I’m Emily, from Boston. I have a twin brother who looks nothing like me, we don’t have Boston accents, and I’ve lived in the same house my entire life. The only time I’ve been uprooted, pre-college, was when in kindergarten I moved from the room I shared with Sam into my own pink room.
My dad has always been a writer, although I didn’t realize it until I was older. He has written several screenplays and at least one book that I know about. [I once rifled through his closet and found his writing. I remember thinking that he used a lot of swear-words.]
He always told me to keep a journal. But aside from the one time I went to sleep-away camp and the one time I left the country, I have never kept a successful journal. Meaning that I never write in it.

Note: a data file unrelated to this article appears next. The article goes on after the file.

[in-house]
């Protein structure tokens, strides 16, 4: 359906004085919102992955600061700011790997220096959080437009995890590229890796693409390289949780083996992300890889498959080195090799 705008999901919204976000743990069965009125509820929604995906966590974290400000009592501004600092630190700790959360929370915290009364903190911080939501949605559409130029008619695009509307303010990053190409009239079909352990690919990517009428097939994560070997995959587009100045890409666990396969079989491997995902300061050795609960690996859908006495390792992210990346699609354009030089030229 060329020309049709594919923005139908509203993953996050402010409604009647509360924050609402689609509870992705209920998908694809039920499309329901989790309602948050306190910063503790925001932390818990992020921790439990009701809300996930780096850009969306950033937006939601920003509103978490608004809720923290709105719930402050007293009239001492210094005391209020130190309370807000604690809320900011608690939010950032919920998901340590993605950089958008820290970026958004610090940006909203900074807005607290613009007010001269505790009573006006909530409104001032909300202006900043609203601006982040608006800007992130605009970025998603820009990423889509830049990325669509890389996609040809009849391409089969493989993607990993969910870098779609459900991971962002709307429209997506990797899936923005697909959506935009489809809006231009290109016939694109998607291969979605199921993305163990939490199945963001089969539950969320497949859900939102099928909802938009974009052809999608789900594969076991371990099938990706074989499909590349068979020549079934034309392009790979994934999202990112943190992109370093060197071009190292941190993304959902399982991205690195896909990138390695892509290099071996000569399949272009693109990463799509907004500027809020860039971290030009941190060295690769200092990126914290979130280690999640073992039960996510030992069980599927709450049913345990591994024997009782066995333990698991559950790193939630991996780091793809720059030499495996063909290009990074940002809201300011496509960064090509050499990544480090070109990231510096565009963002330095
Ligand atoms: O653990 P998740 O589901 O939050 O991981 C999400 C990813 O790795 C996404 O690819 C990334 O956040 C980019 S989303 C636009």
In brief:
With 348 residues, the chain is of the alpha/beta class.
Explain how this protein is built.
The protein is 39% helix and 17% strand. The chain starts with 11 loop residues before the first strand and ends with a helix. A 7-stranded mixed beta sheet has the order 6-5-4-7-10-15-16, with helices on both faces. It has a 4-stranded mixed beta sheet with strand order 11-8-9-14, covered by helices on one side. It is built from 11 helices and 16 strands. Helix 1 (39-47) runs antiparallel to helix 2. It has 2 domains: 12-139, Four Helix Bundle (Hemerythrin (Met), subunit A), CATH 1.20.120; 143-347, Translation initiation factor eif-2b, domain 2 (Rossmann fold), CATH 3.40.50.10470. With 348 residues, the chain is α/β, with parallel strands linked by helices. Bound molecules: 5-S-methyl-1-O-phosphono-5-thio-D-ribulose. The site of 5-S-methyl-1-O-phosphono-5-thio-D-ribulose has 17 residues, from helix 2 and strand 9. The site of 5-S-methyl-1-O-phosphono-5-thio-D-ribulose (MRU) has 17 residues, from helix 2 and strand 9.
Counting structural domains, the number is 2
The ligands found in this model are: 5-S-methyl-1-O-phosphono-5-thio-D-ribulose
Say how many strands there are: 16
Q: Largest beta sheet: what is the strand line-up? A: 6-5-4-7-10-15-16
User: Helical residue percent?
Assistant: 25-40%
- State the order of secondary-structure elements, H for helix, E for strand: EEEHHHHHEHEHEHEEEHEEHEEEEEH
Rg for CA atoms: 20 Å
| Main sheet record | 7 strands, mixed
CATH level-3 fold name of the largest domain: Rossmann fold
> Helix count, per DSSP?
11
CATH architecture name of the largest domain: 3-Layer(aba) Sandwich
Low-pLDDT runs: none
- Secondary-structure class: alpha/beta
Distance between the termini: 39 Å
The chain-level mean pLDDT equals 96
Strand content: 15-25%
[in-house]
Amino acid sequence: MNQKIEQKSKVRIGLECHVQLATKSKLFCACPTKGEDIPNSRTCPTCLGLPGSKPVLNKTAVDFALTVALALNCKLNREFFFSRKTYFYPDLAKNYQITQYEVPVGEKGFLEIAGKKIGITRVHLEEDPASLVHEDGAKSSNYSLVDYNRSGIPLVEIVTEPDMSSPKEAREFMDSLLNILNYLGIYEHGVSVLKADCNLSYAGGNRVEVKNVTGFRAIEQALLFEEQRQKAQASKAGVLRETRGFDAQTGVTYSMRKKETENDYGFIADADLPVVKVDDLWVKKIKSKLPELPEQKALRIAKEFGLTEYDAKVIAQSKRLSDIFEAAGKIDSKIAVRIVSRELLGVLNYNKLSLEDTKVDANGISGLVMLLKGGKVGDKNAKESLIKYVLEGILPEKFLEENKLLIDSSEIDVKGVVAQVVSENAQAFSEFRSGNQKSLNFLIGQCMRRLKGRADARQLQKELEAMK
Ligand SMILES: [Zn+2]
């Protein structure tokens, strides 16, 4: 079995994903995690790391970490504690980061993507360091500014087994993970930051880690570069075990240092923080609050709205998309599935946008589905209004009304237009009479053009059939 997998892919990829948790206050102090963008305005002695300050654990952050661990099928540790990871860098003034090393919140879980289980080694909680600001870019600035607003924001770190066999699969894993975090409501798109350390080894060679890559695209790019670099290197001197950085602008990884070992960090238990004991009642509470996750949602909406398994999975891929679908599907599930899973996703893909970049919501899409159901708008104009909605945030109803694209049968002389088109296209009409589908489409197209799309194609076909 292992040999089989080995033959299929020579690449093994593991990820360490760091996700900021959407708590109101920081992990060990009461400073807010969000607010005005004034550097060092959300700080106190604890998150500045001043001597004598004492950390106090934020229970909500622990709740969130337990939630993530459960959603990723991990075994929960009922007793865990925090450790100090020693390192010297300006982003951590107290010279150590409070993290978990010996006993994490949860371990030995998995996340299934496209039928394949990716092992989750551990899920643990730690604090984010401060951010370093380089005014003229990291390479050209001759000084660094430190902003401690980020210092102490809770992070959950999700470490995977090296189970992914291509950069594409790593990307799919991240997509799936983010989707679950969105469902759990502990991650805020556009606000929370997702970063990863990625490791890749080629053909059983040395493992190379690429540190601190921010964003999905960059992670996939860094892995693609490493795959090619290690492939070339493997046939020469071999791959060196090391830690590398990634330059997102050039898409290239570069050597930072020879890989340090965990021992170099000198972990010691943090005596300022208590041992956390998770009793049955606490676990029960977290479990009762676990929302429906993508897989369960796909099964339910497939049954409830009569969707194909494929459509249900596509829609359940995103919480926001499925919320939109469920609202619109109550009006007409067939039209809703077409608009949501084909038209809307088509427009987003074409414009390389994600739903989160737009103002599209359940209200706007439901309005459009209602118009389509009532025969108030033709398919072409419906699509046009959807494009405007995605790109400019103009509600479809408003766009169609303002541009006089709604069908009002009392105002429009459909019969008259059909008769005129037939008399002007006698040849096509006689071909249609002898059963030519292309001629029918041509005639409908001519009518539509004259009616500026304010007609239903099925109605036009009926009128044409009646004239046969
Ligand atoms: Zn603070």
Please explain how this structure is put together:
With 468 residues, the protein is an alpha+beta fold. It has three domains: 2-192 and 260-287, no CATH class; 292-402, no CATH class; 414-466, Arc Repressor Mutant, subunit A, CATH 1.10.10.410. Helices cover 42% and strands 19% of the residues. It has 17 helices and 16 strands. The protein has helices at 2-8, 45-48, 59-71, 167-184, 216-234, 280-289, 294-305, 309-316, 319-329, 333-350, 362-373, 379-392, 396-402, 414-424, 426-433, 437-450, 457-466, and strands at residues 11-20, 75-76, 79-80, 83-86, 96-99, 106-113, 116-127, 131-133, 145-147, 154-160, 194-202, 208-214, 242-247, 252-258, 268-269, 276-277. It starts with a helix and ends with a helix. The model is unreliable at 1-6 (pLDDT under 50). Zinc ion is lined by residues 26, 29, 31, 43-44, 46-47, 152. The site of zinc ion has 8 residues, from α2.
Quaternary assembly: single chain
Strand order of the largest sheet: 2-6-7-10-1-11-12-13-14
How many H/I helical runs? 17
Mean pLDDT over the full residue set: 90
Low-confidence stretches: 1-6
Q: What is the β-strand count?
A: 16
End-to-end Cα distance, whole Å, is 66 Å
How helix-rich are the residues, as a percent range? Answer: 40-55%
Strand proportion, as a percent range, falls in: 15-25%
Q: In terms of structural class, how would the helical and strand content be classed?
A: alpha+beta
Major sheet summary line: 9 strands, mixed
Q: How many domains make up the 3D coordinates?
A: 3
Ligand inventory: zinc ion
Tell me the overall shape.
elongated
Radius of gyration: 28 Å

I wish I had nice handwriting that filled pages, but I write in a clumsier version of Times New Roman. There’s nothing romantic about that, especially when I end up with a bunch of scribbles and perfectly blacked out words, phrases, or passages. So when I write, I type.
I’m concerned that my journal would be too neat to be interesting or substantive. I’m maybe too neurotic to have engaging thought patterns.
But that same neuroticism has allowed me to major in Economics and minor in Math. While I’m not passionate about either, I like solving problems.
Writing presents me with a different challenge.
I generally think about writing as exploration or observation. I write something down, then I realize how it could be said better or more clearly or succinctly, then I rewrite it, edit it, until I’ve explored all options and picked the phrases that I like the best. This is more difficult for me than the rote repetition of a math problem.
I’d like to get to better know and understand my own voice, so that I can better explain myself, share my opinions, and grapple with complexities. Maybe I’ll do this within our papers and projects, or maybe I’ll finally figure out how to write in a journal.